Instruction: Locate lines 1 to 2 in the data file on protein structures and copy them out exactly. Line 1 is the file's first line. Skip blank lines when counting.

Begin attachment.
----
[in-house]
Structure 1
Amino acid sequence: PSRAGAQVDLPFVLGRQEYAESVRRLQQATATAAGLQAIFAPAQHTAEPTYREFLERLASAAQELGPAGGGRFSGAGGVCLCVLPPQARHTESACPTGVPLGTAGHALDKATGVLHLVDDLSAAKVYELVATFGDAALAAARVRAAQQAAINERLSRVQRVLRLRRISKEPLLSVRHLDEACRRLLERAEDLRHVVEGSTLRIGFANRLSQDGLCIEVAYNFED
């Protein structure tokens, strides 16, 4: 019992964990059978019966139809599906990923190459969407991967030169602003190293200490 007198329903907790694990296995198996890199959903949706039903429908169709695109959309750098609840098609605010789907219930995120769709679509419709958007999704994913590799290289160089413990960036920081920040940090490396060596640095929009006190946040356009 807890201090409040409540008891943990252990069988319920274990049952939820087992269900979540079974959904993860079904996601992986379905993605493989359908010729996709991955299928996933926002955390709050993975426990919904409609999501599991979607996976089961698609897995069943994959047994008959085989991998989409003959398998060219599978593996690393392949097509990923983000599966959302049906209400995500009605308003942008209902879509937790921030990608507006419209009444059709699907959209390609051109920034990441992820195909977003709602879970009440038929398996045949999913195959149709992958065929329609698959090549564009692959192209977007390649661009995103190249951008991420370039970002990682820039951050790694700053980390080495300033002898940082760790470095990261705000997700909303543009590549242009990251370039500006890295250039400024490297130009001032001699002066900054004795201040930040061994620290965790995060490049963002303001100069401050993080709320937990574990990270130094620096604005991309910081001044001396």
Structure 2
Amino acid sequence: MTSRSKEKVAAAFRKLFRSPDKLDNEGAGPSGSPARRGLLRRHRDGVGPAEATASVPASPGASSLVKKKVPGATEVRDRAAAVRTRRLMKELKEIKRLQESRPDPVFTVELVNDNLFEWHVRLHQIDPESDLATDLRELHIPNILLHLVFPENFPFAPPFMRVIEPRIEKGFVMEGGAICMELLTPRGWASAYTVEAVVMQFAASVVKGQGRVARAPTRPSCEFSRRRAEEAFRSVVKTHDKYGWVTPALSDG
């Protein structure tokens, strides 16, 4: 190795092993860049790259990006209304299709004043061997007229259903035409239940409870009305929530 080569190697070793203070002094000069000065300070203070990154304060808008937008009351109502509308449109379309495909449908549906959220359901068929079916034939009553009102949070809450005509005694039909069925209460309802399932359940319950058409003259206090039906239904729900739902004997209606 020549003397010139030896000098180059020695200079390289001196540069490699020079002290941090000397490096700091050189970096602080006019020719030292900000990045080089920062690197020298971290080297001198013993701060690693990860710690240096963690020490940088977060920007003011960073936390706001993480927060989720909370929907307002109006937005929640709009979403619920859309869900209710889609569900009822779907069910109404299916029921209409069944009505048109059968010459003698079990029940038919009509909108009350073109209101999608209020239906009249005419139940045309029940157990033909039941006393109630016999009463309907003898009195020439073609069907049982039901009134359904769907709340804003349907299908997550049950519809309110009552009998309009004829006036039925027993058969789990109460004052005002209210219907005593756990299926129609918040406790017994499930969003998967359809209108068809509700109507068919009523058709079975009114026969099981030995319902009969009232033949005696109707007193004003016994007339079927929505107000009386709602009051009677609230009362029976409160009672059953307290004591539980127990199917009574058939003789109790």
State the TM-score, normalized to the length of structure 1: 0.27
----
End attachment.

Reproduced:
[in-house]
Structure 1